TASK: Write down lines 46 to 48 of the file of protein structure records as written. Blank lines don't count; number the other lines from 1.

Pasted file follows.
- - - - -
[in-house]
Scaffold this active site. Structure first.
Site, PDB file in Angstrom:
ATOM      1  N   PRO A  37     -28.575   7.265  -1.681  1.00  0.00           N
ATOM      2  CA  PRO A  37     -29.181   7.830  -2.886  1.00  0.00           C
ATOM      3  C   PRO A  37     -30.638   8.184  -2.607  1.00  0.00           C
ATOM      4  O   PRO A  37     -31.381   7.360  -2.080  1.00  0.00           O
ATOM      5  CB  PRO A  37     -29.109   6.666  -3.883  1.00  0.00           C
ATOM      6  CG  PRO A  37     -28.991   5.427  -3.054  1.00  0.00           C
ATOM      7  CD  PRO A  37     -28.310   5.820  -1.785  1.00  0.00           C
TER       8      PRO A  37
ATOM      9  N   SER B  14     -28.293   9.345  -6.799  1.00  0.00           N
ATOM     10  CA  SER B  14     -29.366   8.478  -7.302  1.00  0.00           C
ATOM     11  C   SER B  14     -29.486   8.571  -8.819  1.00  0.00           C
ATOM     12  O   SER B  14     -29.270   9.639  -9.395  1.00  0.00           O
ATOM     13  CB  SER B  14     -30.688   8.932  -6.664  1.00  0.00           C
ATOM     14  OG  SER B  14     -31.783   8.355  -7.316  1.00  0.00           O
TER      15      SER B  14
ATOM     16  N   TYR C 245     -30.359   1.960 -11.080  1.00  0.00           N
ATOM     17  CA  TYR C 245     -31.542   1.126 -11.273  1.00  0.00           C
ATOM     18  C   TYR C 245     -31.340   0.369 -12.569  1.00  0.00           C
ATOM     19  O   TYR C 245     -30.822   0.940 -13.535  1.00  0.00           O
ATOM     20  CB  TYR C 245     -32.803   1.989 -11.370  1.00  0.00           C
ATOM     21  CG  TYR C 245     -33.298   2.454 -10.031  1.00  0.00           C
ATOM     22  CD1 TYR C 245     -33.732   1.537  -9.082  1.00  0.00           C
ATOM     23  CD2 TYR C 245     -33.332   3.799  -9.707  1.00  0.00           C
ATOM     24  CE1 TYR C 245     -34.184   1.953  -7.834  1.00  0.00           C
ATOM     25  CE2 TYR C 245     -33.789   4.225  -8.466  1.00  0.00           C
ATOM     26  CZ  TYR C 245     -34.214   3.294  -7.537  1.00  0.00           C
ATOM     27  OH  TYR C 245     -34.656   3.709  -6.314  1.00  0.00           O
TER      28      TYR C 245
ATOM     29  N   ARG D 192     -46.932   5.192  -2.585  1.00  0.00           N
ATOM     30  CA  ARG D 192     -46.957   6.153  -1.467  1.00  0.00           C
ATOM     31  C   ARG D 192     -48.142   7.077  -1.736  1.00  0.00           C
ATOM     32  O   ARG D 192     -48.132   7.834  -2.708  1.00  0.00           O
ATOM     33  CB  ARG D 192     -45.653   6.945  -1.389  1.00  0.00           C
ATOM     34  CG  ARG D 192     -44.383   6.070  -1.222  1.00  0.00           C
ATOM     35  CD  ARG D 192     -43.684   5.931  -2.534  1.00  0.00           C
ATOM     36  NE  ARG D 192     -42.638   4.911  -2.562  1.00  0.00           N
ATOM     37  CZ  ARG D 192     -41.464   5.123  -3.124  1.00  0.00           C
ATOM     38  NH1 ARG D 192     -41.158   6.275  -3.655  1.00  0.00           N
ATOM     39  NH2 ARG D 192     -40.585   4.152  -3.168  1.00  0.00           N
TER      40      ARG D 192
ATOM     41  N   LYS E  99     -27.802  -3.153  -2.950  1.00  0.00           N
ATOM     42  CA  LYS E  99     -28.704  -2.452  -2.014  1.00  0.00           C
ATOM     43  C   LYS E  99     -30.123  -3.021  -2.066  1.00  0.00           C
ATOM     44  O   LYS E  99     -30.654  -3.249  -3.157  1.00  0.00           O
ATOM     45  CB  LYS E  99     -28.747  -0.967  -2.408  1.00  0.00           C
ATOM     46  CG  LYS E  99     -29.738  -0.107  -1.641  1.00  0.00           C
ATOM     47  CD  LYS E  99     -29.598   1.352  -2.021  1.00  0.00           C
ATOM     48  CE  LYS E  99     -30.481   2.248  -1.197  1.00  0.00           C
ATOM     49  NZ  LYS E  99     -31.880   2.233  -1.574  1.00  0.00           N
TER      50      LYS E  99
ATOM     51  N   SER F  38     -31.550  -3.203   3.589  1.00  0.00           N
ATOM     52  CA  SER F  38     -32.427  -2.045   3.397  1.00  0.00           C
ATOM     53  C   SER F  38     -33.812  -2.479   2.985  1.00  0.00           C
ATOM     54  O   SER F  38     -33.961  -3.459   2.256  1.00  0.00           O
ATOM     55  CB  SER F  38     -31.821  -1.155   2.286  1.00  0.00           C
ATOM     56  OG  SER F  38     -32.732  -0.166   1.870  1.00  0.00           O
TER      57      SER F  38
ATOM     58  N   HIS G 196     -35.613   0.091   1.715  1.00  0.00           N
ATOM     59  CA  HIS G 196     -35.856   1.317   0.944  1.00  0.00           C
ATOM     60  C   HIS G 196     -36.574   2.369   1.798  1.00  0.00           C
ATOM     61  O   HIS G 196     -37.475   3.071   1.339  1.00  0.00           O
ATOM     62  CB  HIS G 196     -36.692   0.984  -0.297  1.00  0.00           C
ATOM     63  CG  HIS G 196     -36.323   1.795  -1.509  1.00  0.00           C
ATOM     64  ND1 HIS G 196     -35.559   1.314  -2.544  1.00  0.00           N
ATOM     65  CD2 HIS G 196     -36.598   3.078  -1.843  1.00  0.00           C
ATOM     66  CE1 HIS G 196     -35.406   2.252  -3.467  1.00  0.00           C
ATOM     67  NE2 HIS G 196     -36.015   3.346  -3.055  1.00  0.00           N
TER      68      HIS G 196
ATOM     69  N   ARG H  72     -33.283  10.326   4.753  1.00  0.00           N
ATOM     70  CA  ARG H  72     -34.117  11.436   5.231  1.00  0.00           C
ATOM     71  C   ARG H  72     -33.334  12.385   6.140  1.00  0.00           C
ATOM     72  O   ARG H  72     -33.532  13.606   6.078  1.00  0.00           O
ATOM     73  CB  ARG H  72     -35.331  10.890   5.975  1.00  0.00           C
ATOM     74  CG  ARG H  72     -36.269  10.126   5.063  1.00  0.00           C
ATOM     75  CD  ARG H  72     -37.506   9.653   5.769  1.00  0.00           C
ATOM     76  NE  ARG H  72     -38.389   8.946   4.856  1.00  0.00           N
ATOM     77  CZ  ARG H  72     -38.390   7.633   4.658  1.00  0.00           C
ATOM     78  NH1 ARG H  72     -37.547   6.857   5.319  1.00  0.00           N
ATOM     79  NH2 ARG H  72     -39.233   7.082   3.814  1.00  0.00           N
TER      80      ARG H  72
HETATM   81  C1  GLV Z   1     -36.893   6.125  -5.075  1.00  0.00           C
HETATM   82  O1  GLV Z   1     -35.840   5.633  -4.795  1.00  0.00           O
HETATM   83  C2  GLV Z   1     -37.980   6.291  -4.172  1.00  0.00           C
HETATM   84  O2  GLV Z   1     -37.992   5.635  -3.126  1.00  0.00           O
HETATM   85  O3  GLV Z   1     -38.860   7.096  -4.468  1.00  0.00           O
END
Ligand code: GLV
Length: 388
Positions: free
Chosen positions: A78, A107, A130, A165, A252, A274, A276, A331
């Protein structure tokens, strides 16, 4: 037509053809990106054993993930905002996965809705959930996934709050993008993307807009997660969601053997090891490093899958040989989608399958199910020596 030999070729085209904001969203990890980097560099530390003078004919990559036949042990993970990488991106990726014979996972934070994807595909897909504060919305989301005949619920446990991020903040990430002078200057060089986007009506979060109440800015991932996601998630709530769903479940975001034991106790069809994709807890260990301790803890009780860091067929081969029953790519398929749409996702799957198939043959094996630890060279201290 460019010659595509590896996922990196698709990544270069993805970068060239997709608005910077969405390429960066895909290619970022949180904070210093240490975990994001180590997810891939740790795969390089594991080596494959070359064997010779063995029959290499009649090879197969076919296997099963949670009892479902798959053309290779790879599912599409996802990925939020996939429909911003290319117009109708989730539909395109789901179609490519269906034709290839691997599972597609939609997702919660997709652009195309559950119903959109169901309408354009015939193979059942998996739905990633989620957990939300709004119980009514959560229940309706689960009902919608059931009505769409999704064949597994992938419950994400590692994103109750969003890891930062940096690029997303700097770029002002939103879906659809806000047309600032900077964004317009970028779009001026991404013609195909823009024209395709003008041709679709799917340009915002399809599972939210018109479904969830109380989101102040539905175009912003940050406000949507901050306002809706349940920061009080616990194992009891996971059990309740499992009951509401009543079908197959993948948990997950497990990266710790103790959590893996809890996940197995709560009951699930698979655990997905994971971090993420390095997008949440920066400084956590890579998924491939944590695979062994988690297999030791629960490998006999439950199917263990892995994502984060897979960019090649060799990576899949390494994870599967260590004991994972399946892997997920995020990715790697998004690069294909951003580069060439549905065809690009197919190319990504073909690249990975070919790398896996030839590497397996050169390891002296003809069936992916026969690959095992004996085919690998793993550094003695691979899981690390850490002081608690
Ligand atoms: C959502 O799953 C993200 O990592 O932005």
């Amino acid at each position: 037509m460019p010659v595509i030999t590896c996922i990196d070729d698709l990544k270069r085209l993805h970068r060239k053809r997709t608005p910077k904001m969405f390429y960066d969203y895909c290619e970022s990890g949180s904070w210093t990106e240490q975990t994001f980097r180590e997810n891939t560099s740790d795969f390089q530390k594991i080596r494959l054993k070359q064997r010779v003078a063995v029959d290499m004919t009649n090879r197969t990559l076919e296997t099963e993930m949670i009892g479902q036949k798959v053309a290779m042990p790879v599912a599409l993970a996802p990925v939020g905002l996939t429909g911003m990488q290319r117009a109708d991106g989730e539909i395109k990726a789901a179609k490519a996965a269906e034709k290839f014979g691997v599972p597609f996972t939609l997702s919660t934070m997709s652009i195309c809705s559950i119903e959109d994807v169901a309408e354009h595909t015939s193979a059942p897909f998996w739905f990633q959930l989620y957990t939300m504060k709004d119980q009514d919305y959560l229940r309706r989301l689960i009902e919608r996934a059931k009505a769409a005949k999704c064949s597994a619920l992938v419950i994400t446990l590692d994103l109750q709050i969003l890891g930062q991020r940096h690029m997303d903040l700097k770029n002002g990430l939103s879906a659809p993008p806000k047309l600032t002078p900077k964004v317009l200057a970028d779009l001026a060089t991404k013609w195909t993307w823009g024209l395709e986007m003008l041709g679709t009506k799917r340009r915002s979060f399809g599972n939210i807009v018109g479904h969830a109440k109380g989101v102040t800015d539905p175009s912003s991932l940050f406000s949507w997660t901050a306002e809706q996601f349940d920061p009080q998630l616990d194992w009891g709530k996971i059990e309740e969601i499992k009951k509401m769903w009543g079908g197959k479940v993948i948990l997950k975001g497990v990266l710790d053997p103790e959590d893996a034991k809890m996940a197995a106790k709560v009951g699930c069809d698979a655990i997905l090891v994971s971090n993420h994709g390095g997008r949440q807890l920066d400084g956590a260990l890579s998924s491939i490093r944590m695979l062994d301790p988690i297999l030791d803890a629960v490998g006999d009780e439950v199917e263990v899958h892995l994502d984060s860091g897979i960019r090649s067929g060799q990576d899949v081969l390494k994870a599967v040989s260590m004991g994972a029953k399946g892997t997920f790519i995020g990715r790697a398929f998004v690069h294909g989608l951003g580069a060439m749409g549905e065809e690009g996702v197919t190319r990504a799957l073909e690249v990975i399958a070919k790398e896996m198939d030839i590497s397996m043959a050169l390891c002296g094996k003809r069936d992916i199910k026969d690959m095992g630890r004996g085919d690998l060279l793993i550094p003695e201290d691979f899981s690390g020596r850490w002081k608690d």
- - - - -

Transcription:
ATOM     43  C   LYS E  99     -30.123  -3.021  -2.066  1.00  0.00           C
ATOM     44  O   LYS E  99     -30.654  -3.249  -3.157  1.00  0.00           O
ATOM     45  CB  LYS E  99     -28.747  -0.967  -2.408  1.00  0.00           C